Cosmopolitans have argued that coercive statism–the view that egalitarian distributive obligations only exist between co-citizens–is under-motivated. Conversely, republican theorists have argued that the state should remain a primary focus of global justice, relying only upon contingent features of states and the global order. This paper argues for an understanding of freedom as non-domination that grounds both coercive statism and the republican primacy of sovereign states in accounts of global justice. It argues that distributive equality–both political and economic–are uniquely triggered by membership in a state-like polity due to the necessarily unmediated and direct nature of sovereign political authority. Distributive equality is, according to this account, constitutive of freedom in the face of a particular kind of coercive political power. This offers a response to cosmopolitans by showing that distributive equality is a necessary feature of justified state power and undergirds the republican position by showing that the global order is a secondary site of distributive justice. That is, the global order ought to maintain interstate non-domination and help states with domestic equality but need not aim at global political and economic equality.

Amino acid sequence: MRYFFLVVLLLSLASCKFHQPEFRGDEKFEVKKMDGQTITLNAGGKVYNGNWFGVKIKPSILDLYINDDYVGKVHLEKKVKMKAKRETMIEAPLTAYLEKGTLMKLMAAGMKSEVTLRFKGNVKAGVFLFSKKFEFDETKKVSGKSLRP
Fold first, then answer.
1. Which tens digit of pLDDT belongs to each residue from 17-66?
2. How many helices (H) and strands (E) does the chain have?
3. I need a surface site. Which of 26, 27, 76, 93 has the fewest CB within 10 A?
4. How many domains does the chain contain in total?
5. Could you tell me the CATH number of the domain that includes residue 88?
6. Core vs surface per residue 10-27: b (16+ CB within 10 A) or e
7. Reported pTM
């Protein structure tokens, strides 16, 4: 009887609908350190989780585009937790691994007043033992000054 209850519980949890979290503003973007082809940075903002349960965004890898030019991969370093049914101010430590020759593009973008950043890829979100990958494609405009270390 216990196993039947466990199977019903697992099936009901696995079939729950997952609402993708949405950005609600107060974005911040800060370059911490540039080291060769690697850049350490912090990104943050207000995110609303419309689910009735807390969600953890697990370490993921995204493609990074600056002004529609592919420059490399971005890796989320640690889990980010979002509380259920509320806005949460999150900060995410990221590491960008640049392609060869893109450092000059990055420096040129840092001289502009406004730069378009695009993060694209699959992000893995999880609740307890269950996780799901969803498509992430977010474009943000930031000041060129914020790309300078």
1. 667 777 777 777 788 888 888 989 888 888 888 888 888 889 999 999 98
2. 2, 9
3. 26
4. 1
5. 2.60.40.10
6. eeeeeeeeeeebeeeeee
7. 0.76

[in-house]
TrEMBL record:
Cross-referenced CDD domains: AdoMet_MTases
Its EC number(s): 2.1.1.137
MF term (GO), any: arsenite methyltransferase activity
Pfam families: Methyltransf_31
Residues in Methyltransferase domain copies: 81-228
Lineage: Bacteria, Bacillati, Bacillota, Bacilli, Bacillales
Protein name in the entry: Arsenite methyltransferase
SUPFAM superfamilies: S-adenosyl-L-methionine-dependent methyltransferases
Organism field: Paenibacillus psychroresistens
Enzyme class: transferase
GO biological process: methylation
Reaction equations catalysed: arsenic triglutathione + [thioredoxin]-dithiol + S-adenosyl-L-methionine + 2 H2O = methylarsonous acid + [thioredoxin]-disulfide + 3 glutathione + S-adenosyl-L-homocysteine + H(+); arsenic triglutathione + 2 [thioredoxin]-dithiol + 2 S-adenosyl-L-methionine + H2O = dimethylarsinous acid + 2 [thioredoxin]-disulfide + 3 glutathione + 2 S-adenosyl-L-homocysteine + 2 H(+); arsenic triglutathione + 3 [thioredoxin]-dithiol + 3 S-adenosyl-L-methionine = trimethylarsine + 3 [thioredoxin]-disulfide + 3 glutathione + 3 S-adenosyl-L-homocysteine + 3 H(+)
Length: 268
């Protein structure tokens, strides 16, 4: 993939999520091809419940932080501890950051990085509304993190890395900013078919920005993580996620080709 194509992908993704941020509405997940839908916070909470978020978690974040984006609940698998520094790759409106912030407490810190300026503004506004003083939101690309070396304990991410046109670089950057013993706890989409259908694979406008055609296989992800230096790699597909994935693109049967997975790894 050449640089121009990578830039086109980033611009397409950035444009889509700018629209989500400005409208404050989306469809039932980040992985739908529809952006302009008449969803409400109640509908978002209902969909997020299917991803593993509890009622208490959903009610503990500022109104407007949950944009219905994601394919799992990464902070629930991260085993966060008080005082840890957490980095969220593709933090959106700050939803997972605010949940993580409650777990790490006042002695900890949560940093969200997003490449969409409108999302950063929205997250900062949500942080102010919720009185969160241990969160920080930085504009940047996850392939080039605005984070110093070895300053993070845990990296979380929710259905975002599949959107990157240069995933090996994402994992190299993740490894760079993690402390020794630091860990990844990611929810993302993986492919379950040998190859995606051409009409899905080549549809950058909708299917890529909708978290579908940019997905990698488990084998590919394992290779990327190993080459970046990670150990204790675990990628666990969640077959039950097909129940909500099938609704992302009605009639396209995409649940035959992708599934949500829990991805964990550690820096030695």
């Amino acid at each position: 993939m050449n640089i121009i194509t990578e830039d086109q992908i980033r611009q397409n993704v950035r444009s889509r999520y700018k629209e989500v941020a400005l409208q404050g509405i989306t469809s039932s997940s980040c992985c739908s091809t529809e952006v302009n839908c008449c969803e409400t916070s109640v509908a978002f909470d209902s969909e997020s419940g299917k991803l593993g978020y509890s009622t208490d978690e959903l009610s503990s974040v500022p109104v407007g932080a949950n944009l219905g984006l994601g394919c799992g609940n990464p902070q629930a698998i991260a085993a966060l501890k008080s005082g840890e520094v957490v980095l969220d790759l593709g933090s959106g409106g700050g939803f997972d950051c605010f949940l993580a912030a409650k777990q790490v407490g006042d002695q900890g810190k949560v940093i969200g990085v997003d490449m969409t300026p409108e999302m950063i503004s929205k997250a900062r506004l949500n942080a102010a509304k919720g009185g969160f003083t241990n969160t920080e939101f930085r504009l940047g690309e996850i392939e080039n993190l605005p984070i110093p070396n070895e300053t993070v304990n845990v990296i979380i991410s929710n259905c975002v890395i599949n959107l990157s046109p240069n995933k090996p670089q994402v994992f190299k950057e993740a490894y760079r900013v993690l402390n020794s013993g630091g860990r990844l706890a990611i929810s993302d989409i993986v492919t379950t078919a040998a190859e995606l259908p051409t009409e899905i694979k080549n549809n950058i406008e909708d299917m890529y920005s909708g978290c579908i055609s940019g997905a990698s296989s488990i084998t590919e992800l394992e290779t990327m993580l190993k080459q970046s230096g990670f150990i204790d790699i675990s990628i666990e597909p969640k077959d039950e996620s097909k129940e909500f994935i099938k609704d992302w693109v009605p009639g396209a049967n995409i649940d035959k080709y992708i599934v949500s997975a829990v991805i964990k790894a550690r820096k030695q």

|Journal||Critical Review of International Social and Political Philosophy|
|Publication status||E-pub ahead of print/First online - 21 Jan 2019|
- Global justice
- international relations
- political philosophy